This book combines linguistic and historical approaches with the latest techniques of DNA analysis and shows the insights these offer for every kind of genealogical research. It focuses on British names, tracing their origins to different parts of the British Isles and Europe and revealing how names often remain concentrated in the districts where they first became established centuries ago. In the process the book casts fresh light on the ancient peopling of the British Isles. The authors consider why some names die out while others spread across the globe. They use recent advances in DNA testing to investigate whether particular surnames have single, dual, or multiple origins, and to find out if the various forms of a single name have a common origin. They show how information from DNA can be combined with historical evidence and techniques to distinguish between individuals with the same name and different names with similar spellings, and to identifty the name of the same individual or family spelt in various ways in different times and places. The final chapter of this paperback edition, looking at the use of genetics in historical research, has been updated to include new work on the DNA of Richard III.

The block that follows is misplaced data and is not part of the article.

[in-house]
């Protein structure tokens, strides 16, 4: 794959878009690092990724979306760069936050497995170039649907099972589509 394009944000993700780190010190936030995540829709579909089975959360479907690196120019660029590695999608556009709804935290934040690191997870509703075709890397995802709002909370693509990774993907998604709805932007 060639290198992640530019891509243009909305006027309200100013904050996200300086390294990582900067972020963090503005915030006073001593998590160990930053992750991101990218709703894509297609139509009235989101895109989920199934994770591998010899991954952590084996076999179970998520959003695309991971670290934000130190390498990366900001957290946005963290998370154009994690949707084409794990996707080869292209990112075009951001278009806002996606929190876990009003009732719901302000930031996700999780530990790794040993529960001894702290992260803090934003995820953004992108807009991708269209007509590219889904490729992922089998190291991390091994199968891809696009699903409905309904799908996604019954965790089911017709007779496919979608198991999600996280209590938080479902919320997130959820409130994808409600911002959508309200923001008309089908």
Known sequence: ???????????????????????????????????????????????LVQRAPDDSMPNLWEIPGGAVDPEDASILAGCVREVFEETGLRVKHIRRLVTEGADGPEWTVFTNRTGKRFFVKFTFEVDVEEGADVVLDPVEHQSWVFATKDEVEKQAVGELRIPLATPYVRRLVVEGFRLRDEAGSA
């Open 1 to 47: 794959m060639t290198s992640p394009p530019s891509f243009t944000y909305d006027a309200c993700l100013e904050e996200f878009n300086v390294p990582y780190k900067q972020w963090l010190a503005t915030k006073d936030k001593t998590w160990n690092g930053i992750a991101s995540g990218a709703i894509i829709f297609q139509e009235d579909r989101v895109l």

This book combines linguistic and historical approaches with the latest techniques of DNA analysis and show the insights these offer for every kind of genealogical research. The book will be welcomed by all those engaged in genealogical research, including everyone seeking to discover the histories of their names and families.